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Church friends

19 September 2010

At the Orthodox Church of St Nicholas of Japan in Brixton, Johannesburg, we meet old and new friends, and today was no exception. We met a new parishioner, David from Malawi, who was baptised into the Orthodox Church a couple of months ago, and we said goodbye to old friends, Costa and Maro Neocleous, who are going to the USA to be closer to their daughter and her family who live there.

Costa Neocleous, Fr Athanasius Akunda, Maro Neocleous

Father Athanasius Akunda has just received news that his doctoral thesis in missiology at the University of South Africa has been excepted, and he will graduate next month as a D.Th. I was his promoter, so I know how much it has cost him in work that has had to be squeezed into his other responsibilities over the last four years, and have seen it gradually taking shape with the effort of revisions. His thesis is on Orthodox dialogue with Bunyore culture, and describes how Orthodoxy came to the Banyore people of western Kenya, and how it became inculturated into the lives of the people. It is a fascinating story, and I hope it may be possible to publish it one day.

Costa and Maro we have known for a long time, when we first began investigating the possibility of becomign Orthodox, and began attending the Divine Liturgy at the Pantanassa Church in Melrose in 1986. They used to have an all-age Sunday school after the Liturgy, and we met Costa and Maro and several others there. In those days Pantanassa was trying to be an English-language Orthodox Church, but various obstacles led a group of us to start the parish of St Nicholas as a multiethnic parish, and next month it will be 20 years since we moved into the present temple, a former Pentecostal Church, known as the Brixton Tabernacle.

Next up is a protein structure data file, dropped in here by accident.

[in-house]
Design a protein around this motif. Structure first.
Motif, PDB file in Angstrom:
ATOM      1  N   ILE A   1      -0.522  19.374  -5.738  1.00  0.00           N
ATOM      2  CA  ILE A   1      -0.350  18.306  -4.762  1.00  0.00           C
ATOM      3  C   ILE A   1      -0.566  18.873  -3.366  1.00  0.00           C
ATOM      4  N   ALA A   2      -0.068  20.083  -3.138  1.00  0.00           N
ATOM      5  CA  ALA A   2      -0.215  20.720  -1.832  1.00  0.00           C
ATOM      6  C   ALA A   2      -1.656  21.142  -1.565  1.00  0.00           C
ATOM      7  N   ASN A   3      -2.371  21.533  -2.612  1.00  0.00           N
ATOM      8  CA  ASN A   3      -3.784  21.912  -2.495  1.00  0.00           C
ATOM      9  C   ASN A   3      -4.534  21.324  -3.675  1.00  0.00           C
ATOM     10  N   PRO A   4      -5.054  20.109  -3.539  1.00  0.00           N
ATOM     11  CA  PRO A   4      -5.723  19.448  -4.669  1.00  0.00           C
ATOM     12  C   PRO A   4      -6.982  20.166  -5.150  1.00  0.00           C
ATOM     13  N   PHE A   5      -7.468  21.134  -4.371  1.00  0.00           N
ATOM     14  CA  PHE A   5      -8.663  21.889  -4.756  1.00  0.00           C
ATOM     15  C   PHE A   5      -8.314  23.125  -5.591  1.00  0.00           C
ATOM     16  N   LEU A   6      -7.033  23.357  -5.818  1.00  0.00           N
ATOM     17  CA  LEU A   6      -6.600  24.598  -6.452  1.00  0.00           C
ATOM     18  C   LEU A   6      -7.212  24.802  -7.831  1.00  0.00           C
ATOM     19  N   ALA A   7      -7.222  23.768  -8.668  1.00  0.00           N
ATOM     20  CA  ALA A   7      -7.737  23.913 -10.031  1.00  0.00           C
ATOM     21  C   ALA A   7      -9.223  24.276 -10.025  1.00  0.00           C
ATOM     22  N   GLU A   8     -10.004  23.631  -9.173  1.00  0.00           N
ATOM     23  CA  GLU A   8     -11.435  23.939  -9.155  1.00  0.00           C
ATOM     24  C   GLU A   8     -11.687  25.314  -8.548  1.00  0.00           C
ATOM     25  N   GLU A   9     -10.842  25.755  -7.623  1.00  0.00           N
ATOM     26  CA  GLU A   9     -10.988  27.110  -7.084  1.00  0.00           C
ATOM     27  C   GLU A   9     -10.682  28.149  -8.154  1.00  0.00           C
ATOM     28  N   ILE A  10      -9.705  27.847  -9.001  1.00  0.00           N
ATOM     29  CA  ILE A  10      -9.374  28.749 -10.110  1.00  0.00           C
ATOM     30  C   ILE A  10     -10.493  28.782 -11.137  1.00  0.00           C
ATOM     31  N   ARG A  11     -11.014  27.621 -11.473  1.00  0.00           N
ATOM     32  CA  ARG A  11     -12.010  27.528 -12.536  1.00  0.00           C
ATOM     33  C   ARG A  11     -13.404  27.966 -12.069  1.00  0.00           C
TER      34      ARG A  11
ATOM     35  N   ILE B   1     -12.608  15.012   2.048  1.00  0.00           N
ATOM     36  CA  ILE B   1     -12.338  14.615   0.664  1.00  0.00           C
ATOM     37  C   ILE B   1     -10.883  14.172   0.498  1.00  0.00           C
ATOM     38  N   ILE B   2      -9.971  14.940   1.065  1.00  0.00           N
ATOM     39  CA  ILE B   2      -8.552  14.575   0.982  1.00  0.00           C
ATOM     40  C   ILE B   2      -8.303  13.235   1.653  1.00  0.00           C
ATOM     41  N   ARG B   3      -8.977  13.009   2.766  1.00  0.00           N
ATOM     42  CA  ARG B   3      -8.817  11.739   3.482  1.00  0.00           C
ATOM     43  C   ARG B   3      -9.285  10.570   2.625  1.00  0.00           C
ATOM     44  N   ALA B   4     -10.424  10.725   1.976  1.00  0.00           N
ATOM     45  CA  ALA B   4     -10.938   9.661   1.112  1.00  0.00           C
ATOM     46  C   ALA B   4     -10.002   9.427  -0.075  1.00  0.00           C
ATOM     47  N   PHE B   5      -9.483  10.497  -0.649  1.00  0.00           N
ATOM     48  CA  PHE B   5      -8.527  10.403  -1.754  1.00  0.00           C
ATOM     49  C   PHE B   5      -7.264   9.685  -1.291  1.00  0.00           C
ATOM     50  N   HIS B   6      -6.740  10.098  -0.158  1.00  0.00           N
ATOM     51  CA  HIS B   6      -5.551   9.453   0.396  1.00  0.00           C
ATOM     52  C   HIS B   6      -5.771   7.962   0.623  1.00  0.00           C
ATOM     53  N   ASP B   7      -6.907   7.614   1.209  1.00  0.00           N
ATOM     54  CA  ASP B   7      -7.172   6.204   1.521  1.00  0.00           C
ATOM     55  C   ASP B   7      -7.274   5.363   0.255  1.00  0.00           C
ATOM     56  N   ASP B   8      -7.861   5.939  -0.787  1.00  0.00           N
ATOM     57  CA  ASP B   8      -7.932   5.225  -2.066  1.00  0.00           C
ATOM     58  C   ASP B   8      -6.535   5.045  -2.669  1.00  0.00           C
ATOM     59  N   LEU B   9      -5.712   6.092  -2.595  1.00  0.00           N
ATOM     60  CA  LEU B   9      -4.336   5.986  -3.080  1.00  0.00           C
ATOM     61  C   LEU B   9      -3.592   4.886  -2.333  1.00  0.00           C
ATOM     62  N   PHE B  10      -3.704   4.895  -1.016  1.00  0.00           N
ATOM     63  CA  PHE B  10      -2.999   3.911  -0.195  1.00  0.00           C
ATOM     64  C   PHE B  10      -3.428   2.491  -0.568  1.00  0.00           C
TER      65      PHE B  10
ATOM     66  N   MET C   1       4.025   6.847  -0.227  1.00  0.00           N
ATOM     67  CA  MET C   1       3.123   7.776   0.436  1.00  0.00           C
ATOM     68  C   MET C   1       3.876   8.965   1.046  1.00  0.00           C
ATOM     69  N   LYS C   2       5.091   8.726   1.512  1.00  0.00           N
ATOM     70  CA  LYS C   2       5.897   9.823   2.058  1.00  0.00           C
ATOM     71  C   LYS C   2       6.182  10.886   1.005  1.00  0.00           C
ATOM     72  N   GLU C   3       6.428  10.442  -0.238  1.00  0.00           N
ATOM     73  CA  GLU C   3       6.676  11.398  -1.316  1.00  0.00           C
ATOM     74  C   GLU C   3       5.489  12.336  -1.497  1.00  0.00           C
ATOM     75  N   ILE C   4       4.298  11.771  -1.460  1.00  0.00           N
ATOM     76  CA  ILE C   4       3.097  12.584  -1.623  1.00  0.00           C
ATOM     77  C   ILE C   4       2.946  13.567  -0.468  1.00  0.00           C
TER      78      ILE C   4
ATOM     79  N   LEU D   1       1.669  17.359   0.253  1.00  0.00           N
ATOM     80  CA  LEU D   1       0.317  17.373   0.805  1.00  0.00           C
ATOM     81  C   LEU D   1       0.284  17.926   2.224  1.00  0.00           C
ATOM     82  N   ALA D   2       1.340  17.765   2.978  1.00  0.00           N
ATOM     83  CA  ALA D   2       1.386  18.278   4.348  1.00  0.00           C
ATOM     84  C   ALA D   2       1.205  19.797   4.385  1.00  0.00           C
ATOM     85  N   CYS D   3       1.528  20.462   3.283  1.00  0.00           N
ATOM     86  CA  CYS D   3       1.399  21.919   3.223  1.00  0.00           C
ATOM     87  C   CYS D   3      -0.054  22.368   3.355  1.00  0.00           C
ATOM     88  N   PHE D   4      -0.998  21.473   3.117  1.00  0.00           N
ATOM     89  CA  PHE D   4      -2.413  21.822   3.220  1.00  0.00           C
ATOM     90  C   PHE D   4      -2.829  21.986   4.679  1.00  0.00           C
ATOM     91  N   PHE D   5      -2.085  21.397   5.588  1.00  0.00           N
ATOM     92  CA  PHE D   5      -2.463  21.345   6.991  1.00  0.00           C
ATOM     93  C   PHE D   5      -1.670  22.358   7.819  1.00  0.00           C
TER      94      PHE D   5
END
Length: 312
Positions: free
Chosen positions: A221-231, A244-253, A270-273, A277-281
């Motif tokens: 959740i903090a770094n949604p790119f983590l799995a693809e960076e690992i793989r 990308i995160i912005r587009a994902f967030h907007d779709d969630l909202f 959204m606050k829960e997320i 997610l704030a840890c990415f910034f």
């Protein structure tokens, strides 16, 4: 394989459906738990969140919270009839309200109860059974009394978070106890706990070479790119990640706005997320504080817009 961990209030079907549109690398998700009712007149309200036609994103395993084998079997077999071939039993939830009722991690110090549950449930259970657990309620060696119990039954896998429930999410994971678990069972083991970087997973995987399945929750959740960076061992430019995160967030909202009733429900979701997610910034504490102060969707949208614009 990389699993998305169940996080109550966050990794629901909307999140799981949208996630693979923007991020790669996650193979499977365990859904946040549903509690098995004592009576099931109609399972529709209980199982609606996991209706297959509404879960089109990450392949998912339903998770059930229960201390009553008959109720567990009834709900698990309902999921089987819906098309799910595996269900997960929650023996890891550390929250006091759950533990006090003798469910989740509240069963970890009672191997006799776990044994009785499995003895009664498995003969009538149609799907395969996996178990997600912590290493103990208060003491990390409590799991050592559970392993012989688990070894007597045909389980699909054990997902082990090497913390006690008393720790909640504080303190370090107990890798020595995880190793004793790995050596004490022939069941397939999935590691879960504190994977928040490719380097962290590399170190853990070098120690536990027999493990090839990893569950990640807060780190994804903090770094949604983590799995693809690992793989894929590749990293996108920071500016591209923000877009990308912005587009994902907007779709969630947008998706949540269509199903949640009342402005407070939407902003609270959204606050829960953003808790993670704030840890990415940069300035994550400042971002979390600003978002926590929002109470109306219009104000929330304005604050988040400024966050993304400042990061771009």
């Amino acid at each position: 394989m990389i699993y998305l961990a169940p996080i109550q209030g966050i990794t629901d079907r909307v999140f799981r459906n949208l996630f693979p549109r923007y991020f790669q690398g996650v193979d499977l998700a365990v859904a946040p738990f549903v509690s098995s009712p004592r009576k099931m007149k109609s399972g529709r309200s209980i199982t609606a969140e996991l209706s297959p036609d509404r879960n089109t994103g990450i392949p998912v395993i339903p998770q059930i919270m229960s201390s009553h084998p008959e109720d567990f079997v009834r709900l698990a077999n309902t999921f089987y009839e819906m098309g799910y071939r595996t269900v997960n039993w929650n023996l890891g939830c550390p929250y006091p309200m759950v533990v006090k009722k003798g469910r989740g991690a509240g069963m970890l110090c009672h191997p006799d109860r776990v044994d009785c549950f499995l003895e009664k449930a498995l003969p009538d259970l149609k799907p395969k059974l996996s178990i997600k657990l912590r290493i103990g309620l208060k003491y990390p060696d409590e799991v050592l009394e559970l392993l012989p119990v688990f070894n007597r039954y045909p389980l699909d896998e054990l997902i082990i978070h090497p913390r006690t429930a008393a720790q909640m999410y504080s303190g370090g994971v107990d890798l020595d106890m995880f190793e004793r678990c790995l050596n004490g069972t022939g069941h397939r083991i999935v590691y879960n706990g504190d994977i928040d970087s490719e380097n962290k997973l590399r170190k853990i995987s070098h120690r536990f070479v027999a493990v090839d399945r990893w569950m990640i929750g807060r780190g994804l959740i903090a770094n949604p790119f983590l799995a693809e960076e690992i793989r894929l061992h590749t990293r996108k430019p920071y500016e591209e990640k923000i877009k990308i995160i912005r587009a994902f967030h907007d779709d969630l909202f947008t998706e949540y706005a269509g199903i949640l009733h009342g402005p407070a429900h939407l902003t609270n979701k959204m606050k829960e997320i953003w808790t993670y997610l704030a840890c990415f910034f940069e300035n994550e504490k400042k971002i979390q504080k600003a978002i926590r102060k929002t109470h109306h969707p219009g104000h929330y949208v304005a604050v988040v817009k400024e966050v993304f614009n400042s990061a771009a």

Harry Tambourlas and Gabriel Manea

And looking around the congregation this morning, we certainly seem to have been true to the aim of being a multiethnic church. It would be interesting one day if people put their passports on a table and we saw just how many different nationalities we have. I mentioned a new member from Malawi, and there are several from Kenya and Zimbabwe, as well as people from Greece, Romania, Serbia, Lebanon, Cyprus and other traditionally Orthodox countries.

Harry Tambourlas and Gabriel Manea are members of our choir, and Harry is also a talented jazz musician. We also know Harry from Pantanassa days, and when we were received into the Orthodox Church he was the godfather to our son Simon.

It was just an ordinary Sunday in the life of a small parish, but every Sunday at St Nicholas gives us a chance to reflect on the wonderful variety of God’s people.

3 Comments leave one →
  1. 19 September 2010 8:28 pm

    I am very interested in reading Fr Athanasius’ thesis when it is available.

  2. 19 September 2010 9:39 pm

    A wonderful mix you have there. And that’s the way it should be, many cultures, one faith. My own fellowship has had people from many countries over the years, apart from anyone from Wales. Odd.

  3. Attie permalink
    20 September 2010 6:48 am

    Thanks for the post! I attended a few services over the past few years – and it was an amazing expierence every time. Not only the liturgy and the way of doing, but spesialy the people attending! I was welcomed as a stranger to services and liturgy! Moments I will cherish for ever! And the congregation and the people will alwys be partof my faith journey! I use the afrikaans liturgy regurlarly as part of my faith practices. Thanks to the people for giving me that special moments!

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